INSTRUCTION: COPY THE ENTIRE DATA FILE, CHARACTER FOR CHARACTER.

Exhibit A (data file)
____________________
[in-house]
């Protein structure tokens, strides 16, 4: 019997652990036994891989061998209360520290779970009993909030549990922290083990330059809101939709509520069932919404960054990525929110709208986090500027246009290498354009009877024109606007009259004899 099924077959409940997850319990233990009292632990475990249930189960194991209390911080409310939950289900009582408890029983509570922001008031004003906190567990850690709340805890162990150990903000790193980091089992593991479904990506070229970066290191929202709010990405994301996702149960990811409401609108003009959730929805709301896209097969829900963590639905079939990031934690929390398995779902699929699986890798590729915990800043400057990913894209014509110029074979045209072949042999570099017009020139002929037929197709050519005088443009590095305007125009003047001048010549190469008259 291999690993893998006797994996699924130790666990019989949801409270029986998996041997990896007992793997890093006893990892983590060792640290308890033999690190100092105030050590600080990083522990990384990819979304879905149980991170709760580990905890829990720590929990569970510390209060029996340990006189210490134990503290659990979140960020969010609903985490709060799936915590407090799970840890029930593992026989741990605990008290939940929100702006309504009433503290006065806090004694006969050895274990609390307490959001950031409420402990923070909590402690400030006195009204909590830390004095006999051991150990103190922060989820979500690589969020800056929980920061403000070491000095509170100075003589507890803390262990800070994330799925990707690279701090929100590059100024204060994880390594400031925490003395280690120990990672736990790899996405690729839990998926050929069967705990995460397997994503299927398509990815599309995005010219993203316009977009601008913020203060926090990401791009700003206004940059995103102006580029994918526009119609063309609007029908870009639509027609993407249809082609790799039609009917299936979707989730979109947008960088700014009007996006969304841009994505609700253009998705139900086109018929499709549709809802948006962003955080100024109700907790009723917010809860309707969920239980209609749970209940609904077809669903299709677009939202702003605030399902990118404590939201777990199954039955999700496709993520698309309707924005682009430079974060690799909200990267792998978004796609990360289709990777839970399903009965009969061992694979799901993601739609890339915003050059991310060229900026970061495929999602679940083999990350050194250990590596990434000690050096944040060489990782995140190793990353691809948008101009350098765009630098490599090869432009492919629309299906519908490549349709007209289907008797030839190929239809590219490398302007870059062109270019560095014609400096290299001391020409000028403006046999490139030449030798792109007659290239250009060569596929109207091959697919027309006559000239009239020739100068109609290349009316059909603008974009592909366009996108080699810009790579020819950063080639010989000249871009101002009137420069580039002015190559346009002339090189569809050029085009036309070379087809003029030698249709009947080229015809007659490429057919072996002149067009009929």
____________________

[in-house]
């Protein structure tokens, strides 16, 4: 019997652990036994891989061998209360520290779970009993909030549990922290083990330059809101939709509520069932919404960054990525929110709208986090500027246009290498354009009877024109606007009259004899 099924077959409940997850319990233990009292632990475990249930189960194991209390911080409310939950289900009582408890029983509570922001008031004003906190567990850690709340805890162990150990903000790193980091089992593991479904990506070229970066290191929202709010990405994301996702149960990811409401609108003009959730929805709301896209097969829900963590639905079939990031934690929390398995779902699929699986890798590729915990800043400057990913894209014509110029074979045209072949042999570099017009020139002929037929197709050519005088443009590095305007125009003047001048010549190469008259 291999690993893998006797994996699924130790666990019989949801409270029986998996041997990896007992793997890093006893990892983590060792640290308890033999690190100092105030050590600080990083522990990384990819979304879905149980991170709760580990905890829990720590929990569970510390209060029996340990006189210490134990503290659990979140960020969010609903985490709060799936915590407090799970840890029930593992026989741990605990008290939940929100702006309504009433503290006065806090004694006969050895274990609390307490959001950031409420402990923070909590402690400030006195009204909590830390004095006999051991150990103190922060989820979500690589969020800056929980920061403000070491000095509170100075003589507890803390262990800070994330799925990707690279701090929100590059100024204060994880390594400031925490003395280690120990990672736990790899996405690729839990998926050929069967705990995460397997994503299927398509990815599309995005010219993203316009977009601008913020203060926090990401791009700003206004940059995103102006580029994918526009119609063309609007029908870009639509027609993407249809082609790799039609009917299936979707989730979109947008960088700014009007996006969304841009994505609700253009998705139900086109018929499709549709809802948006962003955080100024109700907790009723917010809860309707969920239980209609749970209940609904077809669903299709677009939202702003605030399902990118404590939201777990199954039955999700496709993520698309309707924005682009430079974060690799909200990267792998978004796609990360289709990777839970399903009965009969061992694979799901993601739609890339915003050059991310060229900026970061495929999602679940083999990350050194250990590596990434000690050096944040060489990782995140190793990353691809948008101009350098765009630098490599090869432009492919629309299906519908490549349709007209289907008797030839190929239809590219490398302007870059062109270019560095014609400096290299001391020409000028403006046999490139030449030798792109007659290239250009060569596929109207091959697919027309006559000239009239020739100068109609290349009316059909603008974009592909366009996108080699810009790579020819950063080639010989000249871009101002009137420069580039002015190559346009002339090189569809050029085009036309070379087809003029030698249709009947080229015809007659490429057919072996002149067009009929």